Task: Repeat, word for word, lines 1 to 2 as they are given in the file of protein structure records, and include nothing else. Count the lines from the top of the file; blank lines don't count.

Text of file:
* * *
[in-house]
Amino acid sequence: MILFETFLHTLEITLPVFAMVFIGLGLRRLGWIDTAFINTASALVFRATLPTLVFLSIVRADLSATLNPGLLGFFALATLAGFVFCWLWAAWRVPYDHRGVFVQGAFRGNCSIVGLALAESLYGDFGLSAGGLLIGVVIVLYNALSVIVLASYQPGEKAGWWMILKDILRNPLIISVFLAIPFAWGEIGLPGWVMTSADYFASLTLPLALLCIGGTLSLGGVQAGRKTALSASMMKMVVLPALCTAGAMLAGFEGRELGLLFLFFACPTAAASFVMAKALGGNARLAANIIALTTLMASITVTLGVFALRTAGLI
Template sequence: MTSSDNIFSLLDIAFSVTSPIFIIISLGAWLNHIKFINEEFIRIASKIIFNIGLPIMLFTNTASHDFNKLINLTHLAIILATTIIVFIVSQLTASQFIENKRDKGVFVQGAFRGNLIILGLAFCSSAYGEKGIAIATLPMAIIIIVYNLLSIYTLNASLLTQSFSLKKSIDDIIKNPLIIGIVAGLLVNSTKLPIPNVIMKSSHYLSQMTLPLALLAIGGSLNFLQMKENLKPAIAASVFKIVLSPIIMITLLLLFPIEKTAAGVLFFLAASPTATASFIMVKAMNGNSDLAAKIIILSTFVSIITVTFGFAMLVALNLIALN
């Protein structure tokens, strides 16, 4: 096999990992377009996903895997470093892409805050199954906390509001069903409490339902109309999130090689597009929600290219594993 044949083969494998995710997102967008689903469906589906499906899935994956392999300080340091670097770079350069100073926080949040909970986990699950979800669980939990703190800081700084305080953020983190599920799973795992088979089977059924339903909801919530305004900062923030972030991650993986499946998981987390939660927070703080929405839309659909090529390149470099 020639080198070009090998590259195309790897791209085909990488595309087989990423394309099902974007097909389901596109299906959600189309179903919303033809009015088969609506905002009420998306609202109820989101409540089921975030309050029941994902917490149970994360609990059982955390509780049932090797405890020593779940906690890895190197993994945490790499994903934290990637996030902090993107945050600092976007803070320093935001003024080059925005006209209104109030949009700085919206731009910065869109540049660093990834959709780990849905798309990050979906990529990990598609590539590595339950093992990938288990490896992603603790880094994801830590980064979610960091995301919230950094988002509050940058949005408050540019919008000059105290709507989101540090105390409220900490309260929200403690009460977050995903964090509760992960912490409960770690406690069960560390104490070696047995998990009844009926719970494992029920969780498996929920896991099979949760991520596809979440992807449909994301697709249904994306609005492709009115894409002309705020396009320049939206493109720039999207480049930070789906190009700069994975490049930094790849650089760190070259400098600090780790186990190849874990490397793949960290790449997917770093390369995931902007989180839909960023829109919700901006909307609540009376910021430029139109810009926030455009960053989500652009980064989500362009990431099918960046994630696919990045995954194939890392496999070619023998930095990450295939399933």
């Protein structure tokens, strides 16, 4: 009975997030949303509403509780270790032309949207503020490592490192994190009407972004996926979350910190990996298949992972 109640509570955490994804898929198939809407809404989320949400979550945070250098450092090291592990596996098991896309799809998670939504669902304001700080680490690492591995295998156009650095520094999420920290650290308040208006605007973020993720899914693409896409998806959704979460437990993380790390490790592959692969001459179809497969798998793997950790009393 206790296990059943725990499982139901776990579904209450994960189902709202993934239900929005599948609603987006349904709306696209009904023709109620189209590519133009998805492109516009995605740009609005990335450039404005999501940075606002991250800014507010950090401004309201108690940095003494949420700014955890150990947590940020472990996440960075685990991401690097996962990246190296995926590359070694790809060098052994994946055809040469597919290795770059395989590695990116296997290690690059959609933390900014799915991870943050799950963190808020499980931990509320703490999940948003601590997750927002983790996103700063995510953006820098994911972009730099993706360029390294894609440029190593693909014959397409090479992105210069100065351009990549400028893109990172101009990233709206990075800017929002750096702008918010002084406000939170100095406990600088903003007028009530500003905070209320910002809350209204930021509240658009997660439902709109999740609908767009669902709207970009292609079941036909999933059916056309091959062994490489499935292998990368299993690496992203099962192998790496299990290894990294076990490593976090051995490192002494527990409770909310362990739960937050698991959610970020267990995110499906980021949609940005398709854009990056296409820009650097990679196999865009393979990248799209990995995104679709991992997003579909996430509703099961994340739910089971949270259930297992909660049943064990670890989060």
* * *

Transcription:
[in-house]
Amino acid sequence: MILFETFLHTLEITLPVFAMVFIGLGLRRLGWIDTAFINTASALVFRATLPTLVFLSIVRADLSATLNPGLLGFFALATLAGFVFCWLWAAWRVPYDHRGVFVQGAFRGNCSIVGLALAESLYGDFGLSAGGLLIGVVIVLYNALSVIVLASYQPGEKAGWWMILKDILRNPLIISVFLAIPFAWGEIGLPGWVMTSADYFASLTLPLALLCIGGTLSLGGVQAGRKTALSASMMKMVVLPALCTAGAMLAGFEGRELGLLFLFFACPTAAASFVMAKALGGNARLAANIIALTTLMASITVTLGVFALRTAGLI